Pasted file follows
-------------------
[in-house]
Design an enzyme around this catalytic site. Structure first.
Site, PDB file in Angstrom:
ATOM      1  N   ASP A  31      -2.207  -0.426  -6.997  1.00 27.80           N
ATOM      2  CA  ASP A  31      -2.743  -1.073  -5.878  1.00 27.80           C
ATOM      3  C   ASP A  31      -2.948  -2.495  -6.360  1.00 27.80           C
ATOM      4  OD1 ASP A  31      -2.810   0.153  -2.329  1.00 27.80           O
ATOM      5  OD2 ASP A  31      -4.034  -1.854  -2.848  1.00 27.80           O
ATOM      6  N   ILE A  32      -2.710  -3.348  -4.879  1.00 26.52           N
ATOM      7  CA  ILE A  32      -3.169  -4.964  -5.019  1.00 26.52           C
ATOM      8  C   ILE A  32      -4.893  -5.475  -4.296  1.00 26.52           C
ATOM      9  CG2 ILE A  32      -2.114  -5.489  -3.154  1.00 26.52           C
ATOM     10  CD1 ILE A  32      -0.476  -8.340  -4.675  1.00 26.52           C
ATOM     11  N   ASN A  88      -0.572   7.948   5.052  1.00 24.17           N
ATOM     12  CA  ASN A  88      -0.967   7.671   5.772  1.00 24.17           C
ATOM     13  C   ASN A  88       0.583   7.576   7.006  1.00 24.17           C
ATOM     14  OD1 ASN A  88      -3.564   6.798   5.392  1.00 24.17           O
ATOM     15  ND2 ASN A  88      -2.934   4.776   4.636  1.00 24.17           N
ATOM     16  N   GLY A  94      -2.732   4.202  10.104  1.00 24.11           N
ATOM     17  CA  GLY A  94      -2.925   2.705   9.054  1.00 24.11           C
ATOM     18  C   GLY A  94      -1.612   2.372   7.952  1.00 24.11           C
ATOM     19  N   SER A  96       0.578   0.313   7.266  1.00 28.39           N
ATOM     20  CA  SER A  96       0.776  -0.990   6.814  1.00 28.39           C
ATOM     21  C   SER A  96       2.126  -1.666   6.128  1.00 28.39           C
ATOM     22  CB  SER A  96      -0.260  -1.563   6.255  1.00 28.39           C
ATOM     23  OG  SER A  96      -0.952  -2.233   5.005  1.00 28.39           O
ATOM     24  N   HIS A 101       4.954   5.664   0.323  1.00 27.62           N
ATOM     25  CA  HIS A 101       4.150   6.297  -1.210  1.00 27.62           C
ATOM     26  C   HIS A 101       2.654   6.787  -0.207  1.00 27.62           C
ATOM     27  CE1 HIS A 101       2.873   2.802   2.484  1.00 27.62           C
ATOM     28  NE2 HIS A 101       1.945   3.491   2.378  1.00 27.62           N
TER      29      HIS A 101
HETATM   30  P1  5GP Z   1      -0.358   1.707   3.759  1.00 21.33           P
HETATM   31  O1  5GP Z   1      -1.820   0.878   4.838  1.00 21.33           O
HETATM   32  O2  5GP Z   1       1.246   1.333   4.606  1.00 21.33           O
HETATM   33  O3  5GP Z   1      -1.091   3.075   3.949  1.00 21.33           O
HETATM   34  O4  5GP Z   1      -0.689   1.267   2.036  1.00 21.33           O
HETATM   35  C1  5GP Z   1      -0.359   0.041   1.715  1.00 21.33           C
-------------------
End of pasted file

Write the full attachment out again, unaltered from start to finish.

[in-house]
Design an enzyme around this catalytic site. Structure first.
Site, PDB file in Angstrom:
ATOM      1  N   ASP A  31      -2.207  -0.426  -6.997  1.00 27.80           N
ATOM      2  CA  ASP A  31      -2.743  -1.073  -5.878  1.00 27.80           C
ATOM      3  C   ASP A  31      -2.948  -2.495  -6.360  1.00 27.80           C
ATOM      4  OD1 ASP A  31      -2.810   0.153  -2.329  1.00 27.80           O
ATOM      5  OD2 ASP A  31      -4.034  -1.854  -2.848  1.00 27.80           O
ATOM      6  N   ILE A  32      -2.710  -3.348  -4.879  1.00 26.52           N
ATOM      7  CA  ILE A  32      -3.169  -4.964  -5.019  1.00 26.52           C
ATOM      8  C   ILE A  32      -4.893  -5.475  -4.296  1.00 26.52           C
ATOM      9  CG2 ILE A  32      -2.114  -5.489  -3.154  1.00 26.52           C
ATOM     10  CD1 ILE A  32      -0.476  -8.340  -4.675  1.00 26.52           C
ATOM     11  N   ASN A  88      -0.572   7.948   5.052  1.00 24.17           N
ATOM     12  CA  ASN A  88      -0.967   7.671   5.772  1.00 24.17           C
ATOM     13  C   ASN A  88       0.583   7.576   7.006  1.00 24.17           C
ATOM     14  OD1 ASN A  88      -3.564   6.798   5.392  1.00 24.17           O
ATOM     15  ND2 ASN A  88      -2.934   4.776   4.636  1.00 24.17           N
ATOM     16  N   GLY A  94      -2.732   4.202  10.104  1.00 24.11           N
ATOM     17  CA  GLY A  94      -2.925   2.705   9.054  1.00 24.11           C
ATOM     18  C   GLY A  94      -1.612   2.372   7.952  1.00 24.11           C
ATOM     19  N   SER A  96       0.578   0.313   7.266  1.00 28.39           N
ATOM     20  CA  SER A  96       0.776  -0.990   6.814  1.00 28.39           C
ATOM     21  C   SER A  96       2.126  -1.666   6.128  1.00 28.39           C
ATOM     22  CB  SER A  96      -0.260  -1.563   6.255  1.00 28.39           C
ATOM     23  OG  SER A  96      -0.952  -2.233   5.005  1.00 28.39           O
ATOM     24  N   HIS A 101       4.954   5.664   0.323  1.00 27.62           N
ATOM     25  CA  HIS A 101       4.150   6.297  -1.210  1.00 27.62           C
ATOM     26  C   HIS A 101       2.654   6.787  -0.207  1.00 27.62           C
ATOM     27  CE1 HIS A 101       2.873   2.802   2.484  1.00 27.62           C
ATOM     28  NE2 HIS A 101       1.945   3.491   2.378  1.00 27.62           N
TER      29      HIS A 101
HETATM   30  P1  5GP Z   1      -0.358   1.707   3.759  1.00 21.33           P
HETATM   31  O1  5GP Z   1      -1.820   0.878   4.838  1.00 21.33           O
HETATM   32  O2  5GP Z   1       1.246   1.333   4.606  1.00 21.33           O
HETATM   33  O3  5GP Z   1      -1.091   3.075   3.949  1.00 21.33           O
HETATM   34  O4  5GP Z   1      -0.689   1.267   2.036  1.00 21.33           O
HETATM   35  C1  5GP Z   1      -0.359   0.041   1.715  1.00 21.33           C